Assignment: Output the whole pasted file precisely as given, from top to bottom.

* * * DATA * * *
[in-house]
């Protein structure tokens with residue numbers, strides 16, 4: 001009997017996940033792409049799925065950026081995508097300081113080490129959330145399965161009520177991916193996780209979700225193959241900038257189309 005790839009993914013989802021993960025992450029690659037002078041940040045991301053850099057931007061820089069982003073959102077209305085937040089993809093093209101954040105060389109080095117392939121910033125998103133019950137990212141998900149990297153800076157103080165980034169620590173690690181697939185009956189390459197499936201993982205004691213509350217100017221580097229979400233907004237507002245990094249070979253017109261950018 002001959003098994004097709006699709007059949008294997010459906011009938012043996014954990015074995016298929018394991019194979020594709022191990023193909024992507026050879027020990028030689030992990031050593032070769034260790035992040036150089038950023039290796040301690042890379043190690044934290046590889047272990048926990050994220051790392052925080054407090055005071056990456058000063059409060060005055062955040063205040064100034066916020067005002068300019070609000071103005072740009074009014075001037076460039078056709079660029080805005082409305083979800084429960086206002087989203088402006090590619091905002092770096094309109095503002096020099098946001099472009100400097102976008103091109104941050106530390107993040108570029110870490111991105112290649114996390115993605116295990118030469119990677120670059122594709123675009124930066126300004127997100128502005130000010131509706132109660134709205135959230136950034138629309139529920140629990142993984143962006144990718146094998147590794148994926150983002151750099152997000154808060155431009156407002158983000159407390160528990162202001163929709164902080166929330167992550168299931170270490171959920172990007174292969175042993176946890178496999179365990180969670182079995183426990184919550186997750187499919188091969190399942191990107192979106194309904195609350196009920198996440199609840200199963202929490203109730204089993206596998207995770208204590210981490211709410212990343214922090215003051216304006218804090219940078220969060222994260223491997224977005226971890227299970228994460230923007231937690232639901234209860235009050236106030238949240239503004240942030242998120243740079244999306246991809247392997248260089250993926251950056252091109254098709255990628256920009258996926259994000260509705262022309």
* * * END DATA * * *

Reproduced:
[in-house]
């Protein structure tokens with residue numbers, strides 16, 4: 001009997017996940033792409049799925065950026081995508097300081113080490129959330145399965161009520177991916193996780209979700225193959241900038257189309 005790839009993914013989802021993960025992450029690659037002078041940040045991301053850099057931007061820089069982003073959102077209305085937040089993809093093209101954040105060389109080095117392939121910033125998103133019950137990212141998900149990297153800076157103080165980034169620590173690690181697939185009956189390459197499936201993982205004691213509350217100017221580097229979400233907004237507002245990094249070979253017109261950018 002001959003098994004097709006699709007059949008294997010459906011009938012043996014954990015074995016298929018394991019194979020594709022191990023193909024992507026050879027020990028030689030992990031050593032070769034260790035992040036150089038950023039290796040301690042890379043190690044934290046590889047272990048926990050994220051790392052925080054407090055005071056990456058000063059409060060005055062955040063205040064100034066916020067005002068300019070609000071103005072740009074009014075001037076460039078056709079660029080805005082409305083979800084429960086206002087989203088402006090590619091905002092770096094309109095503002096020099098946001099472009100400097102976008103091109104941050106530390107993040108570029110870490111991105112290649114996390115993605116295990118030469119990677120670059122594709123675009124930066126300004127997100128502005130000010131509706132109660134709205135959230136950034138629309139529920140629990142993984143962006144990718146094998147590794148994926150983002151750099152997000154808060155431009156407002158983000159407390160528990162202001163929709164902080166929330167992550168299931170270490171959920172990007174292969175042993176946890178496999179365990180969670182079995183426990184919550186997750187499919188091969190399942191990107192979106194309904195609350196009920198996440199609840200199963202929490203109730204089993206596998207995770208204590210981490211709410212990343214922090215003051216304006218804090219940078220969060222994260223491997224977005226971890227299970228994460230923007231937690232639901234209860235009050236106030238949240239503004240942030242998120243740079244999306246991809247392997248260089250993926251950056252091109254098709255990628256920009258996926259994000260509705262022309």